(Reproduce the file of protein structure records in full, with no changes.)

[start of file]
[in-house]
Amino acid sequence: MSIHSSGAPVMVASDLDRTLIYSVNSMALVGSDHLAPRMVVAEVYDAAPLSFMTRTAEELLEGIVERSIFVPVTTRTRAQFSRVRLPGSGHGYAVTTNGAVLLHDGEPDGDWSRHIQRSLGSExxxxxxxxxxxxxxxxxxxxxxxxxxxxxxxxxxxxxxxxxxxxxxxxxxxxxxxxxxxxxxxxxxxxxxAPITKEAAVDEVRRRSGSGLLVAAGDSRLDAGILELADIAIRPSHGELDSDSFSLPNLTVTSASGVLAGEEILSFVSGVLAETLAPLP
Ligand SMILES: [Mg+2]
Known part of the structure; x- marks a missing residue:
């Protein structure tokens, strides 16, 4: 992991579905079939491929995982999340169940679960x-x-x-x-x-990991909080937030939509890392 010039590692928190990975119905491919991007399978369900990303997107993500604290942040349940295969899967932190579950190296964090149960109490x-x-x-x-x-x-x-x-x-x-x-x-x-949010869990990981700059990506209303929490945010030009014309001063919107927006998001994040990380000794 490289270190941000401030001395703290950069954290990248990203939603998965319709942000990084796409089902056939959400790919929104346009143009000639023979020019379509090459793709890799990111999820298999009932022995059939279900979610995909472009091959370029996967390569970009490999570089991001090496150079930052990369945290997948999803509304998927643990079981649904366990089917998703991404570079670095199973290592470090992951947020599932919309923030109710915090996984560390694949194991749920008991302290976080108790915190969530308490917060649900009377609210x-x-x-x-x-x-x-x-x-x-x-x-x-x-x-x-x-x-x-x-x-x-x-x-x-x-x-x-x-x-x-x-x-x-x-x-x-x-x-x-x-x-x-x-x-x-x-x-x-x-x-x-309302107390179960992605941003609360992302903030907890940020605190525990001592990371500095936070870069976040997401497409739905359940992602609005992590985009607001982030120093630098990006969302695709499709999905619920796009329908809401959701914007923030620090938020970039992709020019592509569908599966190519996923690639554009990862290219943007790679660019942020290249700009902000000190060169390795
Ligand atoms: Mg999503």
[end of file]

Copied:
[in-house]
Amino acid sequence: MSIHSSGAPVMVASDLDRTLIYSVNSMALVGSDHLAPRMVVAEVYDAAPLSFMTRTAEELLEGIVERSIFVPVTTRTRAQFSRVRLPGSGHGYAVTTNGAVLLHDGEPDGDWSRHIQRSLGSExxxxxxxxxxxxxxxxxxxxxxxxxxxxxxxxxxxxxxxxxxxxxxxxxxxxxxxxxxxxxxxxxxxxxxAPITKEAAVDEVRRRSGSGLLVAAGDSRLDAGILELADIAIRPSHGELDSDSFSLPNLTVTSASGVLAGEEILSFVSGVLAETLAPLP
Ligand SMILES: [Mg+2]
Known part of the structure; x- marks a missing residue:
């Protein structure tokens, strides 16, 4: 992991579905079939491929995982999340169940679960x-x-x-x-x-990991909080937030939509890392 010039590692928190990975119905491919991007399978369900990303997107993500604290942040349940295969899967932190579950190296964090149960109490x-x-x-x-x-x-x-x-x-x-x-x-x-949010869990990981700059990506209303929490945010030009014309001063919107927006998001994040990380000794 490289270190941000401030001395703290950069954290990248990203939603998965319709942000990084796409089902056939959400790919929104346009143009000639023979020019379509090459793709890799990111999820298999009932022995059939279900979610995909472009091959370029996967390569970009490999570089991001090496150079930052990369945290997948999803509304998927643990079981649904366990089917998703991404570079670095199973290592470090992951947020599932919309923030109710915090996984560390694949194991749920008991302290976080108790915190969530308490917060649900009377609210x-x-x-x-x-x-x-x-x-x-x-x-x-x-x-x-x-x-x-x-x-x-x-x-x-x-x-x-x-x-x-x-x-x-x-x-x-x-x-x-x-x-x-x-x-x-x-x-x-x-x-x-309302107390179960992605941003609360992302903030907890940020605190525990001592990371500095936070870069976040997401497409739905359940992602609005992590985009607001982030120093630098990006969302695709499709999905619920796009329908809401959701914007923030620090938020970039992709020019592509569908599966190519996923690639554009990862290219943007790679660019942020290249700009902000000190060169390795
Ligand atoms: Mg999503």